Historian Taylor Branch has written several books, including a trilogy on Dr. King that begins with “Parting the Waters: America in the King Years 1954-1963,” which won the Pulitzer Prize and “The King Years: Historic Moments in the Civil Rights Movement” released earlier this year. His essay “Remembering the March” was excerpted in USA Today. Branch is obviously interested in the 50th Anniversary of the March On Washington and he joined the Tom Joyner Morning Show to talk about it. Here’s what he had to say.
TJMS: This was 1963 and Birmingham was blowing up. And not just Birmingham but Gadsen and all around that area of Alabama with Bull Connor and all the dogs and the hoses that pretty much set up the March on Washington, huh?
Taylor Branch: A breakthrough in Birmingham when police put dogs and fire hoses on small children was the emotional breaking point for America when people resisted talking about race but those pictures spread demonstrations and concern not only nationwide but worldwide. There were demonstrations in over 700 cities very quickly. It’s what the March was about that momentum and that reaction. TJMS: That’s why President Kennedy and everyone else was so afraid that this March on Washington was going to end really, really badly.
People forget that we were scared of the March on Washington. People were even scared of the first Obama inauguration a few years ago but that was nothing compared to the March on Washington. The thing that puts it most in perspective for me was that major league baseball cancelled two Washington Senators games – not just the day of the March but the next day for fear we’d still be cleaning up from the wreckage if Black people marched in numbers on the nation’s capitol. So we were afraid of it and that’s one reason why the March had such a wonderful image when it came away because people were relieved it was peaceful.
So why didn’t the Ku Klux Klan show up? There wasn’t that much KKK around Washington –
There wasn’t 500,000 people around Washington but they came.
Well, that’s true. The people who did come were apprehensive. I can’t tell you how many people that I interviewed who said that there parents told them not to come or that they were frightened to come. But they came anyway because it was such an important issue, the country was still segregated, right down to the rest stops and the public libraries. It’s hard to believe but there was no public official from Texas to the Atlantic Ocean who argued against segregation so to get rid of it was a consuming moral cause that brought people out in numbers.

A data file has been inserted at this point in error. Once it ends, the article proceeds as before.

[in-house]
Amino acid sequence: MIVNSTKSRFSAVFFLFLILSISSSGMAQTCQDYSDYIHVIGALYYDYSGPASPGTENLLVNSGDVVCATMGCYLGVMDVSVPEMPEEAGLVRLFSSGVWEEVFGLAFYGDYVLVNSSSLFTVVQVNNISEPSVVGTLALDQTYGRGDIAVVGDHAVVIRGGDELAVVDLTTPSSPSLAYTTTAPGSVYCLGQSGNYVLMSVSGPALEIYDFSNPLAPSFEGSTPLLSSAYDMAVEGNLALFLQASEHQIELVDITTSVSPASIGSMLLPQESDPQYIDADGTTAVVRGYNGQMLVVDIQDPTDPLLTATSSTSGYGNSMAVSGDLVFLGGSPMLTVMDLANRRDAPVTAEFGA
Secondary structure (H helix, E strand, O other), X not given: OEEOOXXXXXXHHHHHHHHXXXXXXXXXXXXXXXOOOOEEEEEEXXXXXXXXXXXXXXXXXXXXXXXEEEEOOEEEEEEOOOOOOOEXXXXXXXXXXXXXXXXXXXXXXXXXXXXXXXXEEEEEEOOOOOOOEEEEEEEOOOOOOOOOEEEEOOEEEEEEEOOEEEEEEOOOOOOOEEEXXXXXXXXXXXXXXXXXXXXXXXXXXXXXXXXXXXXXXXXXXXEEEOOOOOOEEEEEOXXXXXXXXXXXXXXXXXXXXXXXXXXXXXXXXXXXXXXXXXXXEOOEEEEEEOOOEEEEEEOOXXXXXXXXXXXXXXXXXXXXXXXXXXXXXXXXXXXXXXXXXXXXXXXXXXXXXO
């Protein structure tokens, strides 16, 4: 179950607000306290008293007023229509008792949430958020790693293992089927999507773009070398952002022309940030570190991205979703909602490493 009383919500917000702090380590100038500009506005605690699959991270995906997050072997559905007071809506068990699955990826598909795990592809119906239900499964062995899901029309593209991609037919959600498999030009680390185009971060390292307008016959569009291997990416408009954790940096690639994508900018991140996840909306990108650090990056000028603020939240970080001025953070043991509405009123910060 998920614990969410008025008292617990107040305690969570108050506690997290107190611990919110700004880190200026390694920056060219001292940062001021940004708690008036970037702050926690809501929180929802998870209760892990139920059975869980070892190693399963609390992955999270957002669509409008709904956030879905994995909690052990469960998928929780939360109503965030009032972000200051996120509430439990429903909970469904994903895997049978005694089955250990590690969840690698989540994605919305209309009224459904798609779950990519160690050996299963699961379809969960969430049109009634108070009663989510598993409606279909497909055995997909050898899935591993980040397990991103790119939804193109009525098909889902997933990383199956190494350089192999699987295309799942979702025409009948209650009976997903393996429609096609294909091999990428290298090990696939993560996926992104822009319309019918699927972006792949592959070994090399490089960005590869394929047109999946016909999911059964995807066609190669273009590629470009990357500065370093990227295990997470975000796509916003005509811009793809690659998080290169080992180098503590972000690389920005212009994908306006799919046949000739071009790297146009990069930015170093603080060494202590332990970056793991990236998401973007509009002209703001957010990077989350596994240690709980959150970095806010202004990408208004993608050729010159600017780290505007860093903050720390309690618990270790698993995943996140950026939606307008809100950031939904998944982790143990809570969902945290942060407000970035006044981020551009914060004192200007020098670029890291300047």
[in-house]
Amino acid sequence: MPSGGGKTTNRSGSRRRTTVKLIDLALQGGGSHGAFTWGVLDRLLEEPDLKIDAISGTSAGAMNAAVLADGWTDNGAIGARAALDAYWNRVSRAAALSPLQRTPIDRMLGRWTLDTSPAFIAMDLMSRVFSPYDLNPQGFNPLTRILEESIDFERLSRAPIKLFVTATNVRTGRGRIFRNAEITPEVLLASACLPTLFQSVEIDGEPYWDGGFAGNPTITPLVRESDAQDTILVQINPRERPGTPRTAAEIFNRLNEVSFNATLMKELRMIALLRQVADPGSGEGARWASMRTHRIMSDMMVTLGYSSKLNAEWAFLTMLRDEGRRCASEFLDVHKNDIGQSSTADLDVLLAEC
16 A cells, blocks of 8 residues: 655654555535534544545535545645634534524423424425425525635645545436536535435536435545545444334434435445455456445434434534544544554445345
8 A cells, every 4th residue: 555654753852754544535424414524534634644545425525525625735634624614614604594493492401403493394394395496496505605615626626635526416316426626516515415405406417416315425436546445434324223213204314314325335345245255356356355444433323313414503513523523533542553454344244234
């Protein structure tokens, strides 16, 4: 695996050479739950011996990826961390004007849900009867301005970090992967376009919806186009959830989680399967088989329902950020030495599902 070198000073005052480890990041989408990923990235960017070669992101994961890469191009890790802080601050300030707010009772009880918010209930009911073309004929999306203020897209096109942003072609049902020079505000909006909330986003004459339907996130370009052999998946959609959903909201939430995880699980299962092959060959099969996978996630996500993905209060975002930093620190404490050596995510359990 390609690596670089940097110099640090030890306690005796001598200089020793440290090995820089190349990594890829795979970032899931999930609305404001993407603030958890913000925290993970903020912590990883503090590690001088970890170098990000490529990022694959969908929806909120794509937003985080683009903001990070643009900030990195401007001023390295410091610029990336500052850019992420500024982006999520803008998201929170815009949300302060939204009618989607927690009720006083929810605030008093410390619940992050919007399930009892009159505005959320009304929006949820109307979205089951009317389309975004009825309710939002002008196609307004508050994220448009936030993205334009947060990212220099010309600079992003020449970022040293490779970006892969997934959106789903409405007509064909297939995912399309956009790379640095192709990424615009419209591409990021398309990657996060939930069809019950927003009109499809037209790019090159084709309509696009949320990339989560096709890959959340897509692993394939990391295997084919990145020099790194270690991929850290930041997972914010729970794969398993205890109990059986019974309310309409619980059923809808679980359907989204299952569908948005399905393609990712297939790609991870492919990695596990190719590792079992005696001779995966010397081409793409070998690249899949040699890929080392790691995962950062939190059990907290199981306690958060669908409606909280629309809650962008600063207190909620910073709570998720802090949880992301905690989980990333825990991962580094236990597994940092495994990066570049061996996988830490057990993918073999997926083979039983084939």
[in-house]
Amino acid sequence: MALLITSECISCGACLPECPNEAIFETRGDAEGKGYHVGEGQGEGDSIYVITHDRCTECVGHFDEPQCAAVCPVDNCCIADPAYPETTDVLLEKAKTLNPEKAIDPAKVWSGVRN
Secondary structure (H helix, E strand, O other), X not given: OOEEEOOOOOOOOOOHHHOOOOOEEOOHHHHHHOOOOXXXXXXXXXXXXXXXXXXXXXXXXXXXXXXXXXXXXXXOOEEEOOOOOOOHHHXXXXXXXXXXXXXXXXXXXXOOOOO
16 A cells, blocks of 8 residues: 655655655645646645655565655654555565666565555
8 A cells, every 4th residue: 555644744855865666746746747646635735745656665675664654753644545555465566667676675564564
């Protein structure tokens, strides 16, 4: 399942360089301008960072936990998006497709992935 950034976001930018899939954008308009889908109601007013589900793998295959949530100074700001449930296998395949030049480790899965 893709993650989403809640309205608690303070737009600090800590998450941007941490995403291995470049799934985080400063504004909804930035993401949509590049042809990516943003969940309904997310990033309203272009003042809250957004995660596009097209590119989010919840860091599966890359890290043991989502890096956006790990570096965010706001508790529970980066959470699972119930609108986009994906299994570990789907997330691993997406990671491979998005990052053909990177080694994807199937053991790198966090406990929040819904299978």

If you see pictures of the March you notice one thing, they are all young people. How old was Dr. King at the time? He was 34 at the time. He was a very young man. He was only 39 when he was killed in 1968.
These were young people. These were young people who came out in great numbers, demonstrated there on the Mall against segregation and got America talking about race which has been the perennial issue of how democratic we’re going to be and it turned out to be the gateway to a lot of freedoms. Not only did we end segregation by race in the United States, it set into motion new freedoms for women, disable people and even gay people beyond the dream that day. A lot of good comes out when the United States faces up to its division.
You’re the definitive author on Dr. King. What do you think he would think about this anniversary? I think that we say that we have reaped enormous blessings from the time that we have really faced our divisions. That’s what it’s about. And in that sense we should be a beacon to the world. But I think he’d be very disappointed that we’re locked in partisan gridlock now and lack confidence that we can deal again with difficult problems. The single most unanswered question is to what degree is partisan gridlock driven by racial division still.